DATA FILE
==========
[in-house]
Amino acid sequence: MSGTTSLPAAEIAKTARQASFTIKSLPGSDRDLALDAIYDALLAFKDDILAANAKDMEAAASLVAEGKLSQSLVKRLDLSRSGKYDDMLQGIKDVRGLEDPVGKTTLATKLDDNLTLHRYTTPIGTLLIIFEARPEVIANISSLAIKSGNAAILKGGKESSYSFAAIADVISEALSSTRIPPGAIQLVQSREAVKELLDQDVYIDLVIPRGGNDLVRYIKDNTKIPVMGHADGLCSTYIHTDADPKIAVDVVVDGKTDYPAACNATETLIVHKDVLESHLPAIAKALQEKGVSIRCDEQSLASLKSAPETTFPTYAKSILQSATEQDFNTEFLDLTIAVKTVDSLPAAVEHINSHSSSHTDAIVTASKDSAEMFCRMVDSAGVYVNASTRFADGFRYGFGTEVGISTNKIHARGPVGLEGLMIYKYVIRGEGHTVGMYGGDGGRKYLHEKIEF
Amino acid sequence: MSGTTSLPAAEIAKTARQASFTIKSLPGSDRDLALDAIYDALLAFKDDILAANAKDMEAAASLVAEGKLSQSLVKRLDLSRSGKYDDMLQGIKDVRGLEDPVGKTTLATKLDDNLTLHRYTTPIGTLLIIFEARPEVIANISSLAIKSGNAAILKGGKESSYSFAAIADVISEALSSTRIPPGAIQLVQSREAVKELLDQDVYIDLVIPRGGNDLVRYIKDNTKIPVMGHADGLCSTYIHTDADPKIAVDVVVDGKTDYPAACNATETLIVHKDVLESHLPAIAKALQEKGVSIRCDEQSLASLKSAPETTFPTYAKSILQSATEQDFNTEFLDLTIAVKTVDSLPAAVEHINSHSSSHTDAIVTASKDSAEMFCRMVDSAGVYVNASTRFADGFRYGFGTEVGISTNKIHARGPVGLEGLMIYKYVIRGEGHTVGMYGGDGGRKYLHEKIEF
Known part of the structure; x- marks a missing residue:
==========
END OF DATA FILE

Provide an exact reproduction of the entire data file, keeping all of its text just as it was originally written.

[in-house]
Amino acid sequence: MSGTTSLPAAEIAKTARQASFTIKSLPGSDRDLALDAIYDALLAFKDDILAANAKDMEAAASLVAEGKLSQSLVKRLDLSRSGKYDDMLQGIKDVRGLEDPVGKTTLATKLDDNLTLHRYTTPIGTLLIIFEARPEVIANISSLAIKSGNAAILKGGKESSYSFAAIADVISEALSSTRIPPGAIQLVQSREAVKELLDQDVYIDLVIPRGGNDLVRYIKDNTKIPVMGHADGLCSTYIHTDADPKIAVDVVVDGKTDYPAACNATETLIVHKDVLESHLPAIAKALQEKGVSIRCDEQSLASLKSAPETTFPTYAKSILQSATEQDFNTEFLDLTIAVKTVDSLPAAVEHINSHSSSHTDAIVTASKDSAEMFCRMVDSAGVYVNASTRFADGFRYGFGTEVGISTNKIHARGPVGLEGLMIYKYVIRGEGHTVGMYGGDGGRKYLHEKIEF
Amino acid sequence: MSGTTSLPAAEIAKTARQASFTIKSLPGSDRDLALDAIYDALLAFKDDILAANAKDMEAAASLVAEGKLSQSLVKRLDLSRSGKYDDMLQGIKDVRGLEDPVGKTTLATKLDDNLTLHRYTTPIGTLLIIFEARPEVIANISSLAIKSGNAAILKGGKESSYSFAAIADVISEALSSTRIPPGAIQLVQSREAVKELLDQDVYIDLVIPRGGNDLVRYIKDNTKIPVMGHADGLCSTYIHTDADPKIAVDVVVDGKTDYPAACNATETLIVHKDVLESHLPAIAKALQEKGVSIRCDEQSLASLKSAPETTFPTYAKSILQSATEQDFNTEFLDLTIAVKTVDSLPAAVEHINSHSSSHTDAIVTASKDSAEMFCRMVDSAGVYVNASTRFADGFRYGFGTEVGISTNKIHARGPVGLEGLMIYKYVIRGEGHTVGMYGGDGGRKYLHEKIEF
Known part of the structure; x- marks a missing residue: